5 high-profile Canadian celebs who chose to #getloud about mental illness
The loudest Canadian voices spoke up for mental health, this is what they had to say
The ups and downs of mental health struggles have oft been likened to a roller coaster ride. But it's a weak analogy. First off, rollercoasters are fun. For my money, I think a rickety-railed trainwreck is more apropos. Mostly, you're just praying for a stretch of stable track or trying to enjoy coasting when it comes. But the toughest part about the ride, whether you're quietly stressed about derailing or already lying among the wreckage, is a strong suspicion that you probably shouldn't talk about the crash.
That's changing, thank Christ, which makes crashes (and hanging on) more manageable. If you're less religious, you can also thank national initiatives like The Canadian Mental Health Association (CMHA)'s Mental Health Week. It's on right now, from May 1 to 7th, surprisingly for the 66th year in a row - it's taken awhile to get heard. Fittingly, the hashtag for the week is #GETLOUD. On that subject, we can also thank high-profile influencers who are lending their voices to the 20% of Canadians who will experience mental illness personally at some point in their lifetime.
That the loudest voices in Canada are opening up the conversation about mental health isn't just worth celebrating, it's worth a thoughtful listen. And it's not all stogy and grave. In typical Canadian fashion, humour often sets the tone when these celebs talk mental health:
Hilarious social media maven, author and screenwriter, Oxford was recently candid with Tom Power on CBC's Q about her diagnosis with panic disorder. It's something she quips about in her recent book, When You Find Out The World Is Against You: And Other Funny Memories About Awful Moments. But she's also been shameless about her struggles on social media, hoping to normalize the conversation around tough (and not unrelated) topics like mental health and surviving sexual assault in public forums like Twitter.
"Saying I'm messed up and having people go 'yeah I know, um, I know you're messed up, it's pretty obvious' feels a lot easier than thinking 'oh I'm messed up' to myself and worrying that people are going to catch on because I think that everybody is messed up to a degree, to a large degree. And I think that not discussing it causes the anxiety to build in a dramatic way."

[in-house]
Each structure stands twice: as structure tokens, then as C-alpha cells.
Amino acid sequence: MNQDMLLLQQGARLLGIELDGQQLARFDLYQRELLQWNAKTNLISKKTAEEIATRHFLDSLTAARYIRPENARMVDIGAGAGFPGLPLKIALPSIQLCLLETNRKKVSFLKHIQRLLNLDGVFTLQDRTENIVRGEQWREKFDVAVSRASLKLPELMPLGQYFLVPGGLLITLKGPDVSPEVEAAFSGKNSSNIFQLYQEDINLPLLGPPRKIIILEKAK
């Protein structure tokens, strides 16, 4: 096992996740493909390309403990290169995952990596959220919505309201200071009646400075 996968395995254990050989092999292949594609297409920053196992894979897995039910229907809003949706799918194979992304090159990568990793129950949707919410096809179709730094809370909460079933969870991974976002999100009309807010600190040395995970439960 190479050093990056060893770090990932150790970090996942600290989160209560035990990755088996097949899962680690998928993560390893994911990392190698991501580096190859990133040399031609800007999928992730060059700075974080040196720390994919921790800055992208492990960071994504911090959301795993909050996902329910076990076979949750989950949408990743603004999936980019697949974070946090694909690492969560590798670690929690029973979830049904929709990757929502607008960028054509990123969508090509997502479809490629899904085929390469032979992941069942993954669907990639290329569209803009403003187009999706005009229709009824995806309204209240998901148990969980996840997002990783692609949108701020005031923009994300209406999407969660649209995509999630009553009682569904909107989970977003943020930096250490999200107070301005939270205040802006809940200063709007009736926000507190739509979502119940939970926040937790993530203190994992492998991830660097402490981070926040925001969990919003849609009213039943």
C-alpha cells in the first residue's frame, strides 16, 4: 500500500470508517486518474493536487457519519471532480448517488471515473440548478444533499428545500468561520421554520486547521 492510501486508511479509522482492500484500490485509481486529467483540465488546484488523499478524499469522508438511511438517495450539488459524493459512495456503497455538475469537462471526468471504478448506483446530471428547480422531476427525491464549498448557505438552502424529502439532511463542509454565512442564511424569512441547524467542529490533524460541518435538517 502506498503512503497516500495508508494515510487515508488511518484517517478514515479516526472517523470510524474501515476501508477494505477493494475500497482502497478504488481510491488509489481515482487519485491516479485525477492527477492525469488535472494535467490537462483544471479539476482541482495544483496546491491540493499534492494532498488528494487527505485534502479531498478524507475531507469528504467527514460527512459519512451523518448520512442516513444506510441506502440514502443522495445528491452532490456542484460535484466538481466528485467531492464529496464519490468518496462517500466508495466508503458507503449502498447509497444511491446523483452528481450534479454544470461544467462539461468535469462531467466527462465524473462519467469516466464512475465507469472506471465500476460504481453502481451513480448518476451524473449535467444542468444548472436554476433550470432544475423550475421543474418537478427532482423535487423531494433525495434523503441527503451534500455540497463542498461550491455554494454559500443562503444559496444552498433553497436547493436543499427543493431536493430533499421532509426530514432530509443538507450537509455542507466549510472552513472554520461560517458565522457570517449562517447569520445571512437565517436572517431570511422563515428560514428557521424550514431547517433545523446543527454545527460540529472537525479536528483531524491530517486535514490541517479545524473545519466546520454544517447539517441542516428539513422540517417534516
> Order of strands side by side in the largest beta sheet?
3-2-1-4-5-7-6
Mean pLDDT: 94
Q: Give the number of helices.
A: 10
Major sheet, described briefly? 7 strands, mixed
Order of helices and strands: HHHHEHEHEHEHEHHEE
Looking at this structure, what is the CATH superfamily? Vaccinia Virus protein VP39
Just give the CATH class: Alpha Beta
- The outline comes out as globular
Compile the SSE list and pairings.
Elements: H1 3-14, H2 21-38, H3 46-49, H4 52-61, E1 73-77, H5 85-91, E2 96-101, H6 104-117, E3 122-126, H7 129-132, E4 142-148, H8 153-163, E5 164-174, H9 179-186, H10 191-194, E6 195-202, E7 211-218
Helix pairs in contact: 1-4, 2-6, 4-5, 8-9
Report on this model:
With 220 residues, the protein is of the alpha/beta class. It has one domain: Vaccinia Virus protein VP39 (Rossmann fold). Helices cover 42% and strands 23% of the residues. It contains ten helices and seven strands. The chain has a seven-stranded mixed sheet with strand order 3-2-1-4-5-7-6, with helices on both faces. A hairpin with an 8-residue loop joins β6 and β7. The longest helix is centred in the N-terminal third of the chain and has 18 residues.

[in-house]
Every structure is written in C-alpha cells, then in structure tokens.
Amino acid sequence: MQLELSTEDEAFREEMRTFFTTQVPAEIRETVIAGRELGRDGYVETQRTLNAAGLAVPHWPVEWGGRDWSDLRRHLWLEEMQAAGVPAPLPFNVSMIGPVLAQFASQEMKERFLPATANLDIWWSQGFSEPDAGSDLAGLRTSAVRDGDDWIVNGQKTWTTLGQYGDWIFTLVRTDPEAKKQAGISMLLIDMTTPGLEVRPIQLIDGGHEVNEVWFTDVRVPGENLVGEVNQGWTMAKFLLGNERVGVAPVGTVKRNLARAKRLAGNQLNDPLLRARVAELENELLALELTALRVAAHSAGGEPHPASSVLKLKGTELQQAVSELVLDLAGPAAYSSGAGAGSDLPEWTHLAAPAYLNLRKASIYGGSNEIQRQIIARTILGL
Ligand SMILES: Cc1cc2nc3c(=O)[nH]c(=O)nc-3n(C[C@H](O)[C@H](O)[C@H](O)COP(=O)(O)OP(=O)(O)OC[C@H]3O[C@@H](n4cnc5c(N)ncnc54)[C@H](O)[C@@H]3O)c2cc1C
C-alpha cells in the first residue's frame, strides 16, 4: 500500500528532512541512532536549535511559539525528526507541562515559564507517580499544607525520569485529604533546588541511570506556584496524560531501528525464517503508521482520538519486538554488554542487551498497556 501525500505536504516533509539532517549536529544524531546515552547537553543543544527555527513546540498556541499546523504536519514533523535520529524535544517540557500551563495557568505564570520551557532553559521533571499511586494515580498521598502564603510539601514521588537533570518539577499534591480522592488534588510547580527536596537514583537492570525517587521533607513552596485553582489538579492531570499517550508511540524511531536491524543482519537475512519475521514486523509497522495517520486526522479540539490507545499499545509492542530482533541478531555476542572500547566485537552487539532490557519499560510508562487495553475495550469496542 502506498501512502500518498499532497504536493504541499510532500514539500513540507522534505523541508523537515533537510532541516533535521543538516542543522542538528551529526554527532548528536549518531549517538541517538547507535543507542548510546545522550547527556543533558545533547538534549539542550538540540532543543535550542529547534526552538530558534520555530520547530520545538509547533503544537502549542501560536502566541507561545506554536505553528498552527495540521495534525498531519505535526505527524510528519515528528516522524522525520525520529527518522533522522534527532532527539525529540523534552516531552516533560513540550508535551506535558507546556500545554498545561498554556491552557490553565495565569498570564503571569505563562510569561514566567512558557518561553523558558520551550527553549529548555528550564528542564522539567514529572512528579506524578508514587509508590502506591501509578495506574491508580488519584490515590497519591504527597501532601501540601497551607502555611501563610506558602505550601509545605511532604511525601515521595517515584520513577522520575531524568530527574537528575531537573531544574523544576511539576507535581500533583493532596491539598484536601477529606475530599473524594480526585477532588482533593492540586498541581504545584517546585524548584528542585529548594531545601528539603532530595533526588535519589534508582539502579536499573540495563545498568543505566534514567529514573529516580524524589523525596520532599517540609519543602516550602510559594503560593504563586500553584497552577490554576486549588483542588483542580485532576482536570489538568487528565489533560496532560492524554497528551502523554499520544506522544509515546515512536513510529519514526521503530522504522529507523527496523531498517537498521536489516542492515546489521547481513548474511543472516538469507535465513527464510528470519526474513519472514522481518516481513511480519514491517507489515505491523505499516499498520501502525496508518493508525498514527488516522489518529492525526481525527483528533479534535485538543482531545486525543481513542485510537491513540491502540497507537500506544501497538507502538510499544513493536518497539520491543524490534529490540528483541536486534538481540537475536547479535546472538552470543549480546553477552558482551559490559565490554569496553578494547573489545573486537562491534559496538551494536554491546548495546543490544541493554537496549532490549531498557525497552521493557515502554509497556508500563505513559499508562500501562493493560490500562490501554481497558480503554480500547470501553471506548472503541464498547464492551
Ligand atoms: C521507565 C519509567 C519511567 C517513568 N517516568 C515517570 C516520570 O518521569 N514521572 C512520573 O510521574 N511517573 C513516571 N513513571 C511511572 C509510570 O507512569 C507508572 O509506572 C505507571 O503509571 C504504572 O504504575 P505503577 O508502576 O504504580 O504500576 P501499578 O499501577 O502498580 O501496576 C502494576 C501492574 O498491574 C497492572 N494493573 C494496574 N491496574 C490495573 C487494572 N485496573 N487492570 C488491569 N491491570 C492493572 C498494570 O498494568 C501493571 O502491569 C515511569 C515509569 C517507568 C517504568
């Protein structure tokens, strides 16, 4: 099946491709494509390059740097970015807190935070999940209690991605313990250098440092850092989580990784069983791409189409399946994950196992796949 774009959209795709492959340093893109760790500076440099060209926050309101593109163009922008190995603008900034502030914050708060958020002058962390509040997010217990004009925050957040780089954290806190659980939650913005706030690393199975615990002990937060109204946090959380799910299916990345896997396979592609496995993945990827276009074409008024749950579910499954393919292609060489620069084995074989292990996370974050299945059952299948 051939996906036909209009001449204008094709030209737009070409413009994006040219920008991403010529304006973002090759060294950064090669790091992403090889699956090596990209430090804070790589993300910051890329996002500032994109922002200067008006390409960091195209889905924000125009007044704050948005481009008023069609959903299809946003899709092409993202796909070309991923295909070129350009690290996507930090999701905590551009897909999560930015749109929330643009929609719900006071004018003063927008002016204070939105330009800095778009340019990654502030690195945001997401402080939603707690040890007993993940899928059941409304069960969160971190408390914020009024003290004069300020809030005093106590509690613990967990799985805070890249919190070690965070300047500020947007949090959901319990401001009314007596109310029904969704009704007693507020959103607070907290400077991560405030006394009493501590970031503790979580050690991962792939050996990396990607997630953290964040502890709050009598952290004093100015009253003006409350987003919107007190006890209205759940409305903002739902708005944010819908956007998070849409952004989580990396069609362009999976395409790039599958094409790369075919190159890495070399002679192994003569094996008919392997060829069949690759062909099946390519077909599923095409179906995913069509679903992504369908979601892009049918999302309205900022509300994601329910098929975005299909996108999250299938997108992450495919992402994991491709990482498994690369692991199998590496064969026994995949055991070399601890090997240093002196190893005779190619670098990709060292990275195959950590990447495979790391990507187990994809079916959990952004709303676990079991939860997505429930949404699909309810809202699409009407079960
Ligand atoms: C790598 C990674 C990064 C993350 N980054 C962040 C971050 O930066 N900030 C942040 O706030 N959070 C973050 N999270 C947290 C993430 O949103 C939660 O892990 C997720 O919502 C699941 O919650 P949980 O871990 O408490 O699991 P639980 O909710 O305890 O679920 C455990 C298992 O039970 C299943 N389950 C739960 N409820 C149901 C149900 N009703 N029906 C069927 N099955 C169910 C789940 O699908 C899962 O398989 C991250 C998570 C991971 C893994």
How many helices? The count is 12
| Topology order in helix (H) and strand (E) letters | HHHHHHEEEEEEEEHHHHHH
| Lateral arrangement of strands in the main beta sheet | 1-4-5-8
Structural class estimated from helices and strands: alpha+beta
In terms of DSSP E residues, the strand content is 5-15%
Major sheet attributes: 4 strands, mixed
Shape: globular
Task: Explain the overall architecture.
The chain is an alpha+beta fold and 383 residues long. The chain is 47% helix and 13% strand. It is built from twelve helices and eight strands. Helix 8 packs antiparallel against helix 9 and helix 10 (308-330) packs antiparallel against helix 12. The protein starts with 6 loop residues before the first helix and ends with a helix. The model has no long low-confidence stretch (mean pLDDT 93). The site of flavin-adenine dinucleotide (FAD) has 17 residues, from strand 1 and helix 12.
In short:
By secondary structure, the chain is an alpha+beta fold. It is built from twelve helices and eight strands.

Her recent book title notwithstanding, Oxford says that sharing is a way of finally seeing that the world really isn't against you after all. Proof of that solidarity is exemplified perfectly here in Power's IG post where he thanks Oxford for living out loud.
One of the funniest Canadian humans to ever walk the face of the earth, Carrey has been open about needing anti-depressants to navigate some rough low times. "I was on Prozac for a long time. It may have helped me out of a jam for a little bit, but people stay on it forever. I had to get off at a certain point because I realized that, you know, everything's just OK," he told 60 Minutes in 2004.
He now manages himself by being hyper-mindful about what he puts in his body. He's says he's "very serious about no alcohol, no drugs." He even rarely drinks coffee.
Carrey admits that spirituality now plays a big role in finding some peace but he refuses to pretend he's struggle free. When pegged as someone who "is a bundle of conflicting emotions", Carrey shamelessly asserts that that's precisely where he's chosen to be. "I only act in the movies", he adds.
MORE ON MENTAL HEALTH:
The late legend of musical melancholia, Leonard Cohen, once talked about depressive episodes that drove him to substance abuse in the 60's. Eventually, he too turned to spirituality. "It made me turn to drink, it pushed me to drugs, and it lead me to Zen..."
Cohen has since shared that depression was lifelong family issue, his mother suffered from the illness. Along with recreational drugs in his youth, he's also tried a barrage of anti-depressants (he lists Prozac, Paxil, Wellbutrin, Effexor, Ritalin, and Focalin) later in life. Managing the illness in desperation he admits floundering to find peace: